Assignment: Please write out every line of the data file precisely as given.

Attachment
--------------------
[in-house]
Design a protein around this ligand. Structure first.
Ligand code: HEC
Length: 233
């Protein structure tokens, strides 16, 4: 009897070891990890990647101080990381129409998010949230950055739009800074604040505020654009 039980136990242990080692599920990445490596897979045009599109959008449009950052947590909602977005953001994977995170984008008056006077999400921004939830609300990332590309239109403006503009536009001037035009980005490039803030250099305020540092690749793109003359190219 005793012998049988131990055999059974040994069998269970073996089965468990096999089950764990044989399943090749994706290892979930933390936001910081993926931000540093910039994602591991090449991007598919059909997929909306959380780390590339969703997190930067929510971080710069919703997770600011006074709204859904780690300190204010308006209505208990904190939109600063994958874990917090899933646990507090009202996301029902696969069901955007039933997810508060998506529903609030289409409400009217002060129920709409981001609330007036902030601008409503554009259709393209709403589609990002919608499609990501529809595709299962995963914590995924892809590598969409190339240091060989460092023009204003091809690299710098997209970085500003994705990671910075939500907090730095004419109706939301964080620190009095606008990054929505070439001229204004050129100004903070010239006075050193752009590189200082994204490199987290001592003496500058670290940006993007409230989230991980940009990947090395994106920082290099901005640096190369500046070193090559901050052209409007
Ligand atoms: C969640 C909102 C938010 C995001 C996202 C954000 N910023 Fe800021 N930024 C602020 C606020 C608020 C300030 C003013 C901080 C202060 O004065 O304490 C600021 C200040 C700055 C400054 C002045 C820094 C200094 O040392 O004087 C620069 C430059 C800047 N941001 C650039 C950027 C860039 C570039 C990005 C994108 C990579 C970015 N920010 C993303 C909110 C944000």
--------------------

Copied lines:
[in-house]
Design a protein around this ligand. Structure first.
Ligand code: HEC
Length: 233
């Protein structure tokens, strides 16, 4: 009897070891990890990647101080990381129409998010949230950055739009800074604040505020654009 039980136990242990080692599920990445490596897979045009599109959008449009950052947590909602977005953001994977995170984008008056006077999400921004939830609300990332590309239109403006503009536009001037035009980005490039803030250099305020540092690749793109003359190219 005793012998049988131990055999059974040994069998269970073996089965468990096999089950764990044989399943090749994706290892979930933390936001910081993926931000540093910039994602591991090449991007598919059909997929909306959380780390590339969703997190930067929510971080710069919703997770600011006074709204859904780690300190204010308006209505208990904190939109600063994958874990917090899933646990507090009202996301029902696969069901955007039933997810508060998506529903609030289409409400009217002060129920709409981001609330007036902030601008409503554009259709393209709403589609990002919608499609990501529809595709299962995963914590995924892809590598969409190339240091060989460092023009204003091809690299710098997209970085500003994705990671910075939500907090730095004419109706939301964080620190009095606008990054929505070439001229204004050129100004903070010239006075050193752009590189200082994204490199987290001592003496500058670290940006993007409230989230991980940009990947090395994106920082290099901005640096190369500046070193090559901050052209409007
Ligand atoms: C969640 C909102 C938010 C995001 C996202 C954000 N910023 Fe800021 N930024 C602020 C606020 C608020 C300030 C003013 C901080 C202060 O004065 O304490 C600021 C200040 C700055 C400054 C002045 C820094 C200094 O040392 O004087 C620069 C430059 C800047 N941001 C650039 C950027 C860039 C570039 C990005 C994108 C990579 C970015 N920010 C993303 C909110 C944000």